There are also claims that because a plant's stem cells allow a plant to repair itself or to survive in harsh climates, these benefits can be passed on to human skin. How a plant functions in nature is unrelated to human skin, and these claims are completely without substantiation.

Another twist on the issue is that cosmetics company's claim they have taken components (such as peptides) out of the plant stem cells and made them stable so they then can work as stem cells. This approach is not valid because stem cells must be complete to function normally. Even if you could isolate substances or extracts from these cells and make them stable, there is no published research showing they can affect stem cells in human skin.

Community Reviews
Claims
Fruit Stem Cell complex, Vitamin C, and purple carrots, mega-rich in anthocyanin antioxidants, effectively defend against UV damage, hyperpigmentation, and premature aging by activating cellular renewal, and boosting collagen and elastin for even tone, firmer texture, and a healthy, luminous complexion.
Ingredients
Aloe Barbadensis Juice, Linum Usitatissimum (Flax) and Borago Officinalis (Borage) Oils, Vegetable Glycerin, Vaccinium Macrocarpon (Cranberry) Juice, Fruit Stem Cells (Malus Domestsica, Solar Vitis) and BioActive 8 Berry Complex, Cetearyl Alcohol, Daucus Carota (Purple Carrot) Extract, Magnesium Ascorbyl Phosphate (Vitamin C), Lauric Acid, Helianthus Annuus (Sunflower) Oil, Theobroma Cacao (Cocoa) Butter, Hyaluronic Acid, Persea Gratissima (Avocado), Rosa Canina (Rosehip) and Oenothera Biennis (Evening Primrose) Oils, Olive Squalane, Tocopherol (Vitamin E), Camellia Sinensis (White Tea), Aspalathus Linearis (Rooibos) and Hibiscus Sabdariffa Extracts, Allantoin, Mangifera Indica (Mango) Butter, Phenethyl Alcohol, Ethylhexylglycerin, Citrus Aurantium Dulcis (Orange) Oil.
Brand Overview

Strengths: Good options for well-formulated facial moisturizers and serums; many products contain multiple antioxidants; a few good toners; (mostly) refreshingly free of hyperbole that is common with many “natural-themed” brands; reasonably priced products; multiple broad-spectrum sunscreen options.

Weaknesses: A few moisturizers packaged in jars; some products contain potentially problematic amounts of fragrance ingredients; lacks research-proven treatments for acne; the body-care products tend to be overly fragrant; claims about plant stem cells are over the top as they don’t renew or generate human cells of any kind.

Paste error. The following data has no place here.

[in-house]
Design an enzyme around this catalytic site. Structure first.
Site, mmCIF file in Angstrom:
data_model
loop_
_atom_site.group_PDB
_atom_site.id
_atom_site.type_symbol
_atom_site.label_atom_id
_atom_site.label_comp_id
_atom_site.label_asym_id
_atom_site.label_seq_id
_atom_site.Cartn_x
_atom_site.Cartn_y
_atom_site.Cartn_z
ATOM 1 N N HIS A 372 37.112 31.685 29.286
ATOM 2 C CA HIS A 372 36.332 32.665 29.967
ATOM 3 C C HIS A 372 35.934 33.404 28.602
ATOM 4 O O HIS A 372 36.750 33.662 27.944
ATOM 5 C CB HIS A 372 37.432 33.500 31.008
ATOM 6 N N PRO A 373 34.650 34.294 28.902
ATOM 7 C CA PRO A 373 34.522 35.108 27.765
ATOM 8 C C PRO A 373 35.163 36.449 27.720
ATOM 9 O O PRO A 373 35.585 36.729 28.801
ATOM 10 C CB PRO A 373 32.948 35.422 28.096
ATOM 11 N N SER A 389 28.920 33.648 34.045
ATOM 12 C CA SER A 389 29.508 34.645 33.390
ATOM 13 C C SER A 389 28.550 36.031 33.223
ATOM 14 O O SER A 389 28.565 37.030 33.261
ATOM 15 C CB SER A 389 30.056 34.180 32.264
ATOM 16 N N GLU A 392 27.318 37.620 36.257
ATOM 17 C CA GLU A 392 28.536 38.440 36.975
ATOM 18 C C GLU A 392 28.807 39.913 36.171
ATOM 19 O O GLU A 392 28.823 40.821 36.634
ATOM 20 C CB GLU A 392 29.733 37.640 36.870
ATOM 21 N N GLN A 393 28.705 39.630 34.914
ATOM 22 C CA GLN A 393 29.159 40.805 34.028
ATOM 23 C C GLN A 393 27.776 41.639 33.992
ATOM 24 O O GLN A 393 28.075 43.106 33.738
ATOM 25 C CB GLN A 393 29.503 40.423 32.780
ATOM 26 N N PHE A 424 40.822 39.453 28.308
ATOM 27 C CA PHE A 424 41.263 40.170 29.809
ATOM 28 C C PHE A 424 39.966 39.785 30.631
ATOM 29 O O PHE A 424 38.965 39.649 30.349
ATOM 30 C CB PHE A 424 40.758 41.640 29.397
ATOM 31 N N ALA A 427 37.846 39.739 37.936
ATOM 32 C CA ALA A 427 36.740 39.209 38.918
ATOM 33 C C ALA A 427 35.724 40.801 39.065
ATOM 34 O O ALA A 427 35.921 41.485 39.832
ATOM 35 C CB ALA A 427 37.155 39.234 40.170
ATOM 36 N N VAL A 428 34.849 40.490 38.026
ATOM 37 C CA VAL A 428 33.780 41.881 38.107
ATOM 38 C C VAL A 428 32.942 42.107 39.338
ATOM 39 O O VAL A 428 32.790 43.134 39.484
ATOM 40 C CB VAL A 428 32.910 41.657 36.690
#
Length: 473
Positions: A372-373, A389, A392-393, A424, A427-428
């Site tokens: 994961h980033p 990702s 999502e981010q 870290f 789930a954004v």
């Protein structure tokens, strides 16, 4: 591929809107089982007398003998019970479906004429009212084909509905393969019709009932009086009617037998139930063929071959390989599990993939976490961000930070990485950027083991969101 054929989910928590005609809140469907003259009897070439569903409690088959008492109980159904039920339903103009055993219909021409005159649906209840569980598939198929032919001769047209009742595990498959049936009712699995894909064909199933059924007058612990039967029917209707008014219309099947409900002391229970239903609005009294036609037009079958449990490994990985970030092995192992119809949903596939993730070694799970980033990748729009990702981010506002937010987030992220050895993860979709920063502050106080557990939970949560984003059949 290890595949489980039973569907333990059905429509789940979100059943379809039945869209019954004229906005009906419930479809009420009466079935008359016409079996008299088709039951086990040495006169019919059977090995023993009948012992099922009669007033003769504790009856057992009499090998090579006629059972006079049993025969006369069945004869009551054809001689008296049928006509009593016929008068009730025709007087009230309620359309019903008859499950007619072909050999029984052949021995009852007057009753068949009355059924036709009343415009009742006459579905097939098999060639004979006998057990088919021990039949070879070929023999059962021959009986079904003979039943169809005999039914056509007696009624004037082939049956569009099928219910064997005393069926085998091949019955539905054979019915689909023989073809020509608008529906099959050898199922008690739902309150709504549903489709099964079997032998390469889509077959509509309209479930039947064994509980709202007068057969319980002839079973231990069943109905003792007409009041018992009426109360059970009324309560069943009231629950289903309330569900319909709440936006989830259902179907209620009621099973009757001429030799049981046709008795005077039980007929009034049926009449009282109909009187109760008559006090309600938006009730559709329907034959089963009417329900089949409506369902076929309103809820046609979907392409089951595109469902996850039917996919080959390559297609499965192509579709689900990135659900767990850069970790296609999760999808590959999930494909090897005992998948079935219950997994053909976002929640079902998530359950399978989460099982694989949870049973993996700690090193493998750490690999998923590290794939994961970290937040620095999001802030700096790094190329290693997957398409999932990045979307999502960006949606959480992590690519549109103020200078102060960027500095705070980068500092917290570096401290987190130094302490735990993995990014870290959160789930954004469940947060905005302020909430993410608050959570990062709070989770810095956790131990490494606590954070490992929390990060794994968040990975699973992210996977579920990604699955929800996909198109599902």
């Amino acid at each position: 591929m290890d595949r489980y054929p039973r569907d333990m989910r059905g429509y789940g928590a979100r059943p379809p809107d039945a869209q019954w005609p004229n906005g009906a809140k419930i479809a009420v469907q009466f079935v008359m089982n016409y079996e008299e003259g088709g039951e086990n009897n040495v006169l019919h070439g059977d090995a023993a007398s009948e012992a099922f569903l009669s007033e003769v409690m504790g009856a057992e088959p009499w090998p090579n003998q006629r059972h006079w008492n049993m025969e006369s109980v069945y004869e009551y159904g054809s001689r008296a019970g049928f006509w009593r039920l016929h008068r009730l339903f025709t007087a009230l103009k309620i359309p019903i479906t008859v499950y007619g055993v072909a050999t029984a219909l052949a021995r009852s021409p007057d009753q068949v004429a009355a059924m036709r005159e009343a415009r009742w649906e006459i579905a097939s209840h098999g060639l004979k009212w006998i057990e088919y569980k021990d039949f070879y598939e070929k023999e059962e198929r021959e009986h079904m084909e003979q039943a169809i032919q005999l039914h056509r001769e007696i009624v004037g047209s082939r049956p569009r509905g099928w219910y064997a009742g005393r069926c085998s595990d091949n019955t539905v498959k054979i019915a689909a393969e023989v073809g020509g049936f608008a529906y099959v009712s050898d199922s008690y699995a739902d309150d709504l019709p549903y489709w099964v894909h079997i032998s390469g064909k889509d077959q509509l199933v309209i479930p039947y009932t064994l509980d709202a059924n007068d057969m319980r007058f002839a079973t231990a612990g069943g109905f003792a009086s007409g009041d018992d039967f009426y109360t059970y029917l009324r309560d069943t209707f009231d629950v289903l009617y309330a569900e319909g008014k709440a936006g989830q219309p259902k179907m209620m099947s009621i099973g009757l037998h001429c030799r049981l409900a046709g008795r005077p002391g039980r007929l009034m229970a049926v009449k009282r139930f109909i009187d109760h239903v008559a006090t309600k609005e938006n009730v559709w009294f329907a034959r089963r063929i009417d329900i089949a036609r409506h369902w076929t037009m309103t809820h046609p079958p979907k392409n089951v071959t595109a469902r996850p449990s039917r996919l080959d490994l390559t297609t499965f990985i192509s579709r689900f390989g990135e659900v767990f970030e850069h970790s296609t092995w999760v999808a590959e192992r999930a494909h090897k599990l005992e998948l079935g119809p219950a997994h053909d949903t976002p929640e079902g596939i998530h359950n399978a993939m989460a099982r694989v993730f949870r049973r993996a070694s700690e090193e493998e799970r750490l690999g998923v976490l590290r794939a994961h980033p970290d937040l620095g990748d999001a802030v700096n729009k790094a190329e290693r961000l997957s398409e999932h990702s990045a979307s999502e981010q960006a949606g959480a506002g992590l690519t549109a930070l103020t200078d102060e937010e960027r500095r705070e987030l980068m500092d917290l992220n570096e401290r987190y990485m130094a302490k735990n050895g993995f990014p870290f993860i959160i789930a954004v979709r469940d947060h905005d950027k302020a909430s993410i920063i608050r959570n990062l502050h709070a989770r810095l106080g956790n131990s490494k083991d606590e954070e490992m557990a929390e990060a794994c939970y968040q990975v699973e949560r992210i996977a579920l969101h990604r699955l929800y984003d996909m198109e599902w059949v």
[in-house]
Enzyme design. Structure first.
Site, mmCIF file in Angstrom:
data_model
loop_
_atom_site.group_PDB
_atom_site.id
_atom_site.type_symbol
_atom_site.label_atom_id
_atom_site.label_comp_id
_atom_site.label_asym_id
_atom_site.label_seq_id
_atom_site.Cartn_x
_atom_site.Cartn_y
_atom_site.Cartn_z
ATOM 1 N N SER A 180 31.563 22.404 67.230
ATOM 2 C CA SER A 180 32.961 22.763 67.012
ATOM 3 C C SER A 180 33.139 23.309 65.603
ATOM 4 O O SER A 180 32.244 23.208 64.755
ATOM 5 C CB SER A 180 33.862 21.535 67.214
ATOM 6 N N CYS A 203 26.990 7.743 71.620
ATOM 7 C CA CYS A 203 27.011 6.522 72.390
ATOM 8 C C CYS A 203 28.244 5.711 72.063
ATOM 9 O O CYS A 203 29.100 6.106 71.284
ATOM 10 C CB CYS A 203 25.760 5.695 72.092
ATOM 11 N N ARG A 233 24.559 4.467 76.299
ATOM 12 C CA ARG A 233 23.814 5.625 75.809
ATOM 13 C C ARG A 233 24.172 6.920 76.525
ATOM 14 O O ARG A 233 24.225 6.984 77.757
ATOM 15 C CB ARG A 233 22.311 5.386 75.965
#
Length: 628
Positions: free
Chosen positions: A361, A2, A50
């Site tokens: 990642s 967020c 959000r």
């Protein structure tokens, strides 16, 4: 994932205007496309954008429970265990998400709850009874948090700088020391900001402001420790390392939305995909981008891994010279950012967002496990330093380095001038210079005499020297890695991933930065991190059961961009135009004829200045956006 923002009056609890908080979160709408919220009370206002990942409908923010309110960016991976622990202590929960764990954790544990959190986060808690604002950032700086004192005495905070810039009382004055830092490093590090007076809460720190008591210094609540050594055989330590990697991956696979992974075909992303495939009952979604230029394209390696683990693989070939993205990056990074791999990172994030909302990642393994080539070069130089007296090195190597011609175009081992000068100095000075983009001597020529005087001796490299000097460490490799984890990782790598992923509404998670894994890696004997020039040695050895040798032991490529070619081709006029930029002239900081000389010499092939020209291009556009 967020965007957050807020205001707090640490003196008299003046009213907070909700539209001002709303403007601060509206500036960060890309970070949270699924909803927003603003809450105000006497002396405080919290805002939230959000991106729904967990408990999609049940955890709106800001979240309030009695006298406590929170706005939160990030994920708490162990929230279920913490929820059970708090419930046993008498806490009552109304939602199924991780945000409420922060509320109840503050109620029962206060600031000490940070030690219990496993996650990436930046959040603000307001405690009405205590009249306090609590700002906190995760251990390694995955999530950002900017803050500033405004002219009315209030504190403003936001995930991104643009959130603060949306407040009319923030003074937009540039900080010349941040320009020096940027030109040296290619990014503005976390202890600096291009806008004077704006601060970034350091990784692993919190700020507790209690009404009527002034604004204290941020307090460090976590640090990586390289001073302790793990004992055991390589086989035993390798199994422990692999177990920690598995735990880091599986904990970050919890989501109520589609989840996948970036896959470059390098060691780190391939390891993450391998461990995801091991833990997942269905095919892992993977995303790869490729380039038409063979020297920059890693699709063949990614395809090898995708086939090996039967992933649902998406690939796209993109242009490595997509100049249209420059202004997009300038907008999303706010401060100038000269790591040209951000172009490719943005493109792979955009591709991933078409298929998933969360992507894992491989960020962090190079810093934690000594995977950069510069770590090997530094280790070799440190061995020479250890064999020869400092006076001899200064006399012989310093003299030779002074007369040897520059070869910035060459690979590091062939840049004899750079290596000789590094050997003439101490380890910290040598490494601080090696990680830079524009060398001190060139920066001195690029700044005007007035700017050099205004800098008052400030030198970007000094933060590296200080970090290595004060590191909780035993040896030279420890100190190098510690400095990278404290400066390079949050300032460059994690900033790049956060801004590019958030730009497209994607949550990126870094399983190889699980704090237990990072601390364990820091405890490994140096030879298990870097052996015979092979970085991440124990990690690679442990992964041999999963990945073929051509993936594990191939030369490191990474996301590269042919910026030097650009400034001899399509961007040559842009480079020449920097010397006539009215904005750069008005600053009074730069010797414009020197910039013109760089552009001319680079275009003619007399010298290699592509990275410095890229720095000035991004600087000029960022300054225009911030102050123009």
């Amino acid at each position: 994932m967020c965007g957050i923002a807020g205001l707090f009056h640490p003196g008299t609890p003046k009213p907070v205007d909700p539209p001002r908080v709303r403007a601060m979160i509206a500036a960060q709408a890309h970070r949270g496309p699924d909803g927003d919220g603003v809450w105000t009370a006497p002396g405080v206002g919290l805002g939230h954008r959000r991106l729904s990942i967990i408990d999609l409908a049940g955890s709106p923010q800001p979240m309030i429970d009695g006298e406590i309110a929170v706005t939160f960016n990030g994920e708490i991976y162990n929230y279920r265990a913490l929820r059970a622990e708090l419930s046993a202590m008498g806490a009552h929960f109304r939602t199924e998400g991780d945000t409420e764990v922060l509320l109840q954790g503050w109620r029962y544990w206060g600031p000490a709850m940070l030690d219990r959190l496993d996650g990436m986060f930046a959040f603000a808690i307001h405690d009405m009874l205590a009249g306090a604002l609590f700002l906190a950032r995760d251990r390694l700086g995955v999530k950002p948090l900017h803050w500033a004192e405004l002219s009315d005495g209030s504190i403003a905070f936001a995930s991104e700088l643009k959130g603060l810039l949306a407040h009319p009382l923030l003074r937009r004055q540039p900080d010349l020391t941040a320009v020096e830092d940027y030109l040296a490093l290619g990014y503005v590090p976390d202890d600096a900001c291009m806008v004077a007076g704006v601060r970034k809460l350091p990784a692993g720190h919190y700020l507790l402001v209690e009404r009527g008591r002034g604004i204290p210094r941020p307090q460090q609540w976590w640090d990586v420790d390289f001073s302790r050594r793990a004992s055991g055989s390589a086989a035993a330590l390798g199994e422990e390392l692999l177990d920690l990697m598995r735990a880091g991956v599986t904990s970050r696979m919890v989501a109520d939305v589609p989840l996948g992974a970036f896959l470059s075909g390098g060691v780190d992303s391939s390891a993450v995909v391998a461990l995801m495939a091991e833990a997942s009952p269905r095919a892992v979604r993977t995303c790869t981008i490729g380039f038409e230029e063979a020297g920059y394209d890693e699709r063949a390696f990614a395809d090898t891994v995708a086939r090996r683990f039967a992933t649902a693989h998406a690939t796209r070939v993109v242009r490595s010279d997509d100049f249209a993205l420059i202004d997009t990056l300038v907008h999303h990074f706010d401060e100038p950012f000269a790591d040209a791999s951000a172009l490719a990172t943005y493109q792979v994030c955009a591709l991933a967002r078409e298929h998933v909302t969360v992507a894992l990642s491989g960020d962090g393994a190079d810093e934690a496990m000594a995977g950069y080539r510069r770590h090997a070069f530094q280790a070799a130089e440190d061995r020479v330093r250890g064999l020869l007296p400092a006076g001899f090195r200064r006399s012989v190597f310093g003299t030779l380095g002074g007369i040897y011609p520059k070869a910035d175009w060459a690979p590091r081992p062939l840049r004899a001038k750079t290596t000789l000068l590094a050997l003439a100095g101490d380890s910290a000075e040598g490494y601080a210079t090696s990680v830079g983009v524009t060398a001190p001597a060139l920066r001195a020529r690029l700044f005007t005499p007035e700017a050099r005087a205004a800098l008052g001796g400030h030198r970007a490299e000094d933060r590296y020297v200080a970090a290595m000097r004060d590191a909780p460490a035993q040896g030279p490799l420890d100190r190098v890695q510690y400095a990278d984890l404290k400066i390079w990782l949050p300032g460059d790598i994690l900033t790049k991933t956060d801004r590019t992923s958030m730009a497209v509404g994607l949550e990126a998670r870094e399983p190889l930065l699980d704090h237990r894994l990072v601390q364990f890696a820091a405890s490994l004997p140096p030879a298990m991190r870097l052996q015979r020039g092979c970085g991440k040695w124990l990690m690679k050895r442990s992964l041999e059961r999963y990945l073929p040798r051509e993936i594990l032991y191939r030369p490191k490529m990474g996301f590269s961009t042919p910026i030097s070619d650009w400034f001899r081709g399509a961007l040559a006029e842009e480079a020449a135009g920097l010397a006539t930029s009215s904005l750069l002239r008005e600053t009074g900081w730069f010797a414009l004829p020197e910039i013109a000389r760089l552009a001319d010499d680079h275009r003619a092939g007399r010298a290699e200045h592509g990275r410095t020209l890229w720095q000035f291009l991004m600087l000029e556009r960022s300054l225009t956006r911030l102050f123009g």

Andalou Naturals is a rare presence in the saturated market of natural-themed cosmetics lines because the brand manages to keep the focus on their products and ingredients without resorting to the silly “scary chemical” and fear-mongering marketing approach common to so many other natural lines.

Just as impressive as their marketing are many of their formulas, several of which include many antioxidants and multiple skin-repairing ingredients, and aren’t laden with natural fragrance ingredients, which may please your nose but can be very irritating to the skin, even if you don’t see or feel the damage taking place.

Headquartered in Petaluma, California, Andalou Naturals was founded by husband and wife Mark and Stacey Egide—both of whom also created the Avalon Organics line. The duo sold Avalon Organics in 2002, and started Andalou Naturals in 2011, where it’s sold at health food stores and online.

Visit their site and you’ll quickly find the brand is focused on the “feel-good” approach to skin care. Andalou Naturals brand philosophy is heavily steeped in philanthropy: Their “A Force of Nature” fund regularly donates to various nonprofit groups, and every order you place on their site adds $1 to this fund. How wonderful!

Andalou Naturals offers an extensive line of face-, body-, and hair-care products, themed around what they call, “Fruit Stem Cell Science,” which includes extracts from apple, grape, and argan. While these types of ingredients have antioxidant benefit, the idea that they work like your stem cells to turn back time isn’t supported by published research of any kind.

Stem cells work only if they are alive, and in a skin-care product, they are long dead. Not to mention that even if stem cells could survive the skin-care formulation process, an apple stem cell is helpful only to an apple—your skin cells wouldn’t have the first clue how to use stem cells from a plant. Stem-cell research is still in its infancy—science is just beginning to understand how stem cells work and/or how they can actually benefit our health; the cosmetics industry isn’t beating the medical industry in this regard!

The company also includes what they refer to as “BioActive 8 Berry Complex” in many of their products. This is really a blanket name for a mix of non-fragrant berry juice extracts (acai, aronia, bearberry, bilberry, black elderberry, goji berry, rosehips berry, and sea buckthorn berry). All of these ingredients have antioxidant function on the skin, but, again, they aren’t miracle ingredients by any stretch, nor is Andalou Naturals the only line using them.

We should note that Andalou Naturals, at the time of this review, doesn’t list all of the ingredients in their “BioActive 8 Berry Complex” on their product labels. While the individual berry extracts mentioned above are listed on their website as part of their marketing messaging, they omit them on their products, which violates International Nomenclature of Cosmetic Ingredients (INCI) and FDA labeling regulatory requirements. This is an important oversight, because you have the right to know all of the ingredients in your skin-care products, without having to jump through extra hoops. We hope the company rectifies this in the near future.

On a more positive note, we found that many of the skin-care products Andalou Naturals offers were good—mostly for normal to dry skin, although there also are a few winners for those with oily to combination skin. Many contain some amount of fragrance (but to their credit, the facial formulas that did contain fragrance mostly had only a minimum amount, which is not typical of natural-themed lines).